We haven’t done much with Game of Thrones in a while, but with the show returning early next month, the excitement is filling us again. As such, it’s time to look at a few of the characters, and be thinking about what’s up with them, both in what has already happened in the show, and then into the future from the books.
Today I wanted to talk about Jon Snow. While all of George R.R. Martin’s characters are strong, have their own motivations and plans, some see more development than others. And this may be more true for Jon Snow than for anyone else. As the bastard brother living in the shadow of future lords and kings, he was young, naive, and had no real prospects at the beginning of the tale. From there, he becomes our main eyes in the north, the one who really learns what is going on in this world.
Alright, I’ve been trying to avoid spoilers for the most part, but from here there be spoilers. I’ll move chronologically so if you find yourself reaching the point where you’re caught up… read beyond that at your own risk!
Posted in Books, Character Studies, TV Shows
Tagged A Song of Ice and Fire, Azor Ahai, Game of Thrones, George R.R. Martin, House Targaryen, Jon Snow, Ned Stark, Night's Watch, The Wall, White Walkers, Wildlings, Ygritte
With Game of Thrones starting back up at the end of this month I thought it would be interesting to examine one of my favorite characters from the show. Now thinking of my favorite characters it would be hard to choose just one, but one of the stories that intrigues me the most is Arya Stark.
Not only is she resourceful, quick on her feet, and fighting against the standards of society, but she has an amazing story. In the world that Georg R.R. Martin has built the gender roles are very much based on the medieval structure. Upper class women stayed at home with their children and learned to cross stitch, play music, but they are not meant to wield a sword and fight. Arya is the daughter of Ned Stark Lord of Winterfell and she does not fit in to the world of upper class women. While her sister Sansa flourishes at the idea of dances, house parties, and pretty dresses. All Arya wants to do is be able to practice with her brothers.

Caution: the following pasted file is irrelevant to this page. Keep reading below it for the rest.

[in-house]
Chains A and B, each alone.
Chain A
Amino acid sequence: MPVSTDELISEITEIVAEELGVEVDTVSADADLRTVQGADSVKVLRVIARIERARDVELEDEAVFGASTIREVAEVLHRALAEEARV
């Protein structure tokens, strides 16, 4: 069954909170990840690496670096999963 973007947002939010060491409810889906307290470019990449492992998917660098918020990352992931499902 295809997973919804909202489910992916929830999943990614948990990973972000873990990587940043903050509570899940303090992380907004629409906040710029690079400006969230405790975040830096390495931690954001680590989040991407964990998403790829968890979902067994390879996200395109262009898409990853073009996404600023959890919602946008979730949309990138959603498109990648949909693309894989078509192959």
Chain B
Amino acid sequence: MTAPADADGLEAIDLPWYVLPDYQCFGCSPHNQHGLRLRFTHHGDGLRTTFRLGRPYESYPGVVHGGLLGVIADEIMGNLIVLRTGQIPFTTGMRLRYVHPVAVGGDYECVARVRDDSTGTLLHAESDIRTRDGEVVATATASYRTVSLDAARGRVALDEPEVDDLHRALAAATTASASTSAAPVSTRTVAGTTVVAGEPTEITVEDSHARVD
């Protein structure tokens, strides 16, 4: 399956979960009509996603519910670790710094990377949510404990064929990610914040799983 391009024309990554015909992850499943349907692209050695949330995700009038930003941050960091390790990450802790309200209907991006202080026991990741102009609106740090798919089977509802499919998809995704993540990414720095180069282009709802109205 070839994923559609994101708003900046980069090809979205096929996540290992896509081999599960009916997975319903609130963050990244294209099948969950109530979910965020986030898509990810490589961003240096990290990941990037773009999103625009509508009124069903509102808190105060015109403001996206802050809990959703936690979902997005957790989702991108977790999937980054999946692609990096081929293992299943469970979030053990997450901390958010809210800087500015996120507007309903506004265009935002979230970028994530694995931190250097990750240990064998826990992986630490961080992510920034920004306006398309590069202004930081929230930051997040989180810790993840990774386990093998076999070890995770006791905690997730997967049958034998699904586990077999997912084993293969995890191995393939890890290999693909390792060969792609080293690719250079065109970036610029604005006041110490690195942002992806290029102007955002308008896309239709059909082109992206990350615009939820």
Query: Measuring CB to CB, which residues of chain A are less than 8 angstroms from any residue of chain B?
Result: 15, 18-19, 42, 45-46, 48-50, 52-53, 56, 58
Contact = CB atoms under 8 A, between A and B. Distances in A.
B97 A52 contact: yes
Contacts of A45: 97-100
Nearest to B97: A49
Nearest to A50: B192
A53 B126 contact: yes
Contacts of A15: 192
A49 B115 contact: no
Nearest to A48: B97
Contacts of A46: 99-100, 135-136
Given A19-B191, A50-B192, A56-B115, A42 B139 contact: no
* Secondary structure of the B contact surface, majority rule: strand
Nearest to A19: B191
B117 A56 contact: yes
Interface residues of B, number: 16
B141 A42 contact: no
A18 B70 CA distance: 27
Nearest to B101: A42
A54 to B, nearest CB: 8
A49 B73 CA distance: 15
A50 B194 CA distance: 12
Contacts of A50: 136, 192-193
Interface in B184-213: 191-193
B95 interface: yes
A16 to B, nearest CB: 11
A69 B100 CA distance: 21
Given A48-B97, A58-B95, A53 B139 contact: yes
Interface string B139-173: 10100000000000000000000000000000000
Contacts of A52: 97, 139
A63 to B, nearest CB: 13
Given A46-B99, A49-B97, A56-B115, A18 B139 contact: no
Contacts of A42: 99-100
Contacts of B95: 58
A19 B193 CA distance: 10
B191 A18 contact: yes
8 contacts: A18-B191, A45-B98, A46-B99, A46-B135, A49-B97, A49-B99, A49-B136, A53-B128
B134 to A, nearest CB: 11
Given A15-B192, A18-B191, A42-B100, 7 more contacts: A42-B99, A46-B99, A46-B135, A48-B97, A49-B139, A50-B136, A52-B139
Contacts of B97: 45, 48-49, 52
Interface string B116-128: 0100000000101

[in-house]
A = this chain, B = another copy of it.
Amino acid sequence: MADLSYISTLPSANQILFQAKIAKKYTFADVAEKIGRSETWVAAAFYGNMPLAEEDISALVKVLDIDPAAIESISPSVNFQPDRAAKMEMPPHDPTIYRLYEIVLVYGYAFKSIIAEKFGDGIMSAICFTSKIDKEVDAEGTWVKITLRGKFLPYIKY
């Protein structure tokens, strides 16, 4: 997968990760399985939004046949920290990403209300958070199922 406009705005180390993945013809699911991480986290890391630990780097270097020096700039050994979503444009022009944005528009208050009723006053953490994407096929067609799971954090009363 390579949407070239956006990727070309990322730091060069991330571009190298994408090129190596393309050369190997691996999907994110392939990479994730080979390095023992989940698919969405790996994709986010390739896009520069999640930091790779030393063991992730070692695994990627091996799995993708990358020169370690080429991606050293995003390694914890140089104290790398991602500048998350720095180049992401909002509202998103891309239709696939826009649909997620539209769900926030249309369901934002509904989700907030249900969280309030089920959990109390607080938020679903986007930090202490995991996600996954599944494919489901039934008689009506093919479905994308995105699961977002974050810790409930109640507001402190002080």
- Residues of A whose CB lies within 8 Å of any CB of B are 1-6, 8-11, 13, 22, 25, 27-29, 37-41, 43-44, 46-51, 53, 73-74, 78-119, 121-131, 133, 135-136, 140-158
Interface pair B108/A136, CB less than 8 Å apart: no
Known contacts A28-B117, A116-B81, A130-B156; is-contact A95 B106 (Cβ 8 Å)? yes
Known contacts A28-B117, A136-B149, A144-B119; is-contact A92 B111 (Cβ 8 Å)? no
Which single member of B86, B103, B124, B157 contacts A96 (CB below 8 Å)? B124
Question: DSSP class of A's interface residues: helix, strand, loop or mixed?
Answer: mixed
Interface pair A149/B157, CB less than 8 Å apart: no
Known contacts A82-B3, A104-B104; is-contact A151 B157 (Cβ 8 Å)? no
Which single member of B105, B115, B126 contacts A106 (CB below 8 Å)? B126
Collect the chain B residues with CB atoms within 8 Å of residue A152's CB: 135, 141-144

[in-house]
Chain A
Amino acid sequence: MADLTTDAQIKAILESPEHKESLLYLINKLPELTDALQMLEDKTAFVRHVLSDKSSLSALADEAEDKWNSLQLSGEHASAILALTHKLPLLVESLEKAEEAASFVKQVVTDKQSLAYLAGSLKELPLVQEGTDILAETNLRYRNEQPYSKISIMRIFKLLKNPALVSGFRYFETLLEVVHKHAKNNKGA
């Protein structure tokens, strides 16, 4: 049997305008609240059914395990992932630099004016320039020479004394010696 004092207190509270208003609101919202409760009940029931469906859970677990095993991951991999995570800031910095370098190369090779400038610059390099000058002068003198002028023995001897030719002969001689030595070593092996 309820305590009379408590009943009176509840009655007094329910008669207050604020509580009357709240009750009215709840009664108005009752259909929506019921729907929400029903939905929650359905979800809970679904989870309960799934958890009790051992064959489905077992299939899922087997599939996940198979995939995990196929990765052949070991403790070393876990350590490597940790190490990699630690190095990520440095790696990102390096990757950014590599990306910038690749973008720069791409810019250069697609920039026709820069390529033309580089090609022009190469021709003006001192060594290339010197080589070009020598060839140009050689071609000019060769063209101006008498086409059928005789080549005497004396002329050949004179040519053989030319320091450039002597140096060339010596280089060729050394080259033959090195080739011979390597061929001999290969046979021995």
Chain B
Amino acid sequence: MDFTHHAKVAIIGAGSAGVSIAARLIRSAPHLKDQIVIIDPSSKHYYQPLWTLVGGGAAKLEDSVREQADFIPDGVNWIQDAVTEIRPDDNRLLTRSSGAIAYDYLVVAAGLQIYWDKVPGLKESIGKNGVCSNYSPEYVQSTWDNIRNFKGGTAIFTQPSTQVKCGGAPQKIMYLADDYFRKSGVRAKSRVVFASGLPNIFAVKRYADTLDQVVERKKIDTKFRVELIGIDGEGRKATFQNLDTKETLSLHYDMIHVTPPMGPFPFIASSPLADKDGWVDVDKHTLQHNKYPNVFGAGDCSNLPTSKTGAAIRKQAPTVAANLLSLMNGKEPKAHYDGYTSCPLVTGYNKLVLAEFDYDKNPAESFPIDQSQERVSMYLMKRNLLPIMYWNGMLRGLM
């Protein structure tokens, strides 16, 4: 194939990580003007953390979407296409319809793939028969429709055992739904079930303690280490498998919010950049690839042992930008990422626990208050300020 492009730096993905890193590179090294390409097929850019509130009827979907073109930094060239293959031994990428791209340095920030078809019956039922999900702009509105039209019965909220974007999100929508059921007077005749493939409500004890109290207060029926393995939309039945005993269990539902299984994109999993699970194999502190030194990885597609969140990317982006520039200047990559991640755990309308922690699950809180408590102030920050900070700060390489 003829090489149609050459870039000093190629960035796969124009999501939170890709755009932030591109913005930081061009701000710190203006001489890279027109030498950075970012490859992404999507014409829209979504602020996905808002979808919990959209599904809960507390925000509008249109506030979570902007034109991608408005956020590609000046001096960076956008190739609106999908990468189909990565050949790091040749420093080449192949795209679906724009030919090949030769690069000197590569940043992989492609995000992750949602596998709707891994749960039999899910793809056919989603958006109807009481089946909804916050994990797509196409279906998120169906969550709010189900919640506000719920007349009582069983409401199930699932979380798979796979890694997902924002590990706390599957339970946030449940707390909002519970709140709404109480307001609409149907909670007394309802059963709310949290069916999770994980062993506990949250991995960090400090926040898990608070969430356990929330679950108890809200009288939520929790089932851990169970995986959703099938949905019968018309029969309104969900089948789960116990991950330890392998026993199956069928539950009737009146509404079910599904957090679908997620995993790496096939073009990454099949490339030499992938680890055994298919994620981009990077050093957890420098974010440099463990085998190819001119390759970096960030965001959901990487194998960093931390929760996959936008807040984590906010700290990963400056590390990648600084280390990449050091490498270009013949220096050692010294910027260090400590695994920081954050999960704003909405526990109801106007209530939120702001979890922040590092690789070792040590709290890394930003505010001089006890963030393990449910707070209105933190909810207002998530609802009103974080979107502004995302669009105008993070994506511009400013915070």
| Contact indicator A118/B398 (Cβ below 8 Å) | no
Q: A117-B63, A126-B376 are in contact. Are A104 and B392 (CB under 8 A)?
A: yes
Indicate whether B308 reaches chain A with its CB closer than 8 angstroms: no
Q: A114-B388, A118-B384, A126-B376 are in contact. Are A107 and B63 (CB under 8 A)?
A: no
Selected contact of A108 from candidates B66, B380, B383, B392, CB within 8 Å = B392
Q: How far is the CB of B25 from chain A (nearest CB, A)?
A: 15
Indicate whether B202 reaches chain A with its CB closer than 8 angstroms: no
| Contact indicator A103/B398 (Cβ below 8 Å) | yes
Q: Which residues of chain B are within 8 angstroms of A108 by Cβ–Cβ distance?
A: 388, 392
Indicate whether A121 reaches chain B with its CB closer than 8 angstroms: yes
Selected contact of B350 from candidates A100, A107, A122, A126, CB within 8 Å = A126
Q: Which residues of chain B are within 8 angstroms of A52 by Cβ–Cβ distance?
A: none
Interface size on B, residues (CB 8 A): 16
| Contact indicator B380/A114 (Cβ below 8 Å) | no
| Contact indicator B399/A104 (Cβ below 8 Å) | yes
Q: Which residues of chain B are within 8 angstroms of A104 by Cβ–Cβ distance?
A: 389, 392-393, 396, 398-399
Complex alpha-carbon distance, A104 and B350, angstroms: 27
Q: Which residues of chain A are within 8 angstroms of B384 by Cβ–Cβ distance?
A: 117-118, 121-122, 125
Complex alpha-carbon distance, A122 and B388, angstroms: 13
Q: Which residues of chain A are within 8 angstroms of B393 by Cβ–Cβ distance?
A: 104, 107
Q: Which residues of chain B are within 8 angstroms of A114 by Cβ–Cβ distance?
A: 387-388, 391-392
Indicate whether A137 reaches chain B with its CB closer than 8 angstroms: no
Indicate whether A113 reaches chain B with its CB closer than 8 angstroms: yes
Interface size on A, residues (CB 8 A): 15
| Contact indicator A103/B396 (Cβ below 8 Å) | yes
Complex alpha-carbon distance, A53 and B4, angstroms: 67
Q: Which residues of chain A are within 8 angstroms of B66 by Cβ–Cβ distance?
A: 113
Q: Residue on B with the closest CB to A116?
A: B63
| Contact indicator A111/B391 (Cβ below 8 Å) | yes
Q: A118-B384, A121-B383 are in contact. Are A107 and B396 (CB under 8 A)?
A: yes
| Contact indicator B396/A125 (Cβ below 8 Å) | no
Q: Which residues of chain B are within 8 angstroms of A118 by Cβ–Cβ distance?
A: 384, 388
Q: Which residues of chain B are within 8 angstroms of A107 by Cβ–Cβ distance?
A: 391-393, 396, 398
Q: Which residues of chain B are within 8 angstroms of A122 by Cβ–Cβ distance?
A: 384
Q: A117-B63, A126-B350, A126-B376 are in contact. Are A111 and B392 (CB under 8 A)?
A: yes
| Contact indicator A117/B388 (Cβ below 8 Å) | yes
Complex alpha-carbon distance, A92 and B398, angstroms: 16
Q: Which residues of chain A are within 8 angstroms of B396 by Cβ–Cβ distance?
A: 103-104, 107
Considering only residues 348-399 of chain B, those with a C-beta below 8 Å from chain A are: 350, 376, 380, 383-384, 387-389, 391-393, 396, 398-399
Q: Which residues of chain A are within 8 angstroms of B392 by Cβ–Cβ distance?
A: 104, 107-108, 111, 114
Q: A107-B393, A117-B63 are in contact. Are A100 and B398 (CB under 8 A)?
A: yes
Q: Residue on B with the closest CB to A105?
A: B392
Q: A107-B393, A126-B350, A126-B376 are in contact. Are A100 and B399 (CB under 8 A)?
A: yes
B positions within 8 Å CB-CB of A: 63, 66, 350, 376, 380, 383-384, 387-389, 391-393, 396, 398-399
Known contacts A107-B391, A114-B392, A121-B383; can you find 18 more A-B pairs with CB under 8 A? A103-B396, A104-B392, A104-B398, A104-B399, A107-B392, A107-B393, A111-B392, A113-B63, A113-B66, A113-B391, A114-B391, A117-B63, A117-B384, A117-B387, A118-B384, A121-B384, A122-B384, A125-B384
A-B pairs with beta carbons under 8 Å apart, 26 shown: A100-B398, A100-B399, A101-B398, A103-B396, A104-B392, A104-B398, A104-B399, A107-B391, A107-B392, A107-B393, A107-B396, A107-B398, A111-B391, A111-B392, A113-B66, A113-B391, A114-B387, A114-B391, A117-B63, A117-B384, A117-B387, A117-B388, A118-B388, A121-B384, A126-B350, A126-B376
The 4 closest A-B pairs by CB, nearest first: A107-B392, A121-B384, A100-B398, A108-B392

The other reason I love Arya is I relate to her. There have been so many times I have felt out of place with “girlie” things and would much rather be doing what the “boys” were doing. Even with all of the gendered issues with Game of Thrones I think George R.R. Martin does a great job creating diverse, interesting strong female characters who women can look up to and relate to.
(This will be more based on the book than the show, but will avoid spoilers for those watching the show, but will be spoilers for the first two seasons of Game of Thrones) Continue reading
So, I’ve decided I may have dived in a bit early with my last post. I started doing some research, and found that, not only do I come across images of the alignment grid… they’re all over the place. This is a thought experiment that we are by no means the first to experiment with. So, the question becomes, should we pursue it?
Or do we pursue the white whales?
Posted in Character Studies, Fantasy, Good and Evil, Science Fiction
Tagged A Song of Ice and Fire, Alignments, Captain Jack Sparrow, Deadpool, Definitions, Doctor Horrible, Doctor Who, Dungeons & Dragons, Firefly, Game of Thrones, Geek, Harry Potter, Les Mis, Lord of the Rings, Ned Stark, Nerd, Pirates, Robin Hood, Sephiroth, Spider-Man, Star Trek, Superman, Sylar, The Dark Knight, The Joker, V for Vendetta, Voldemort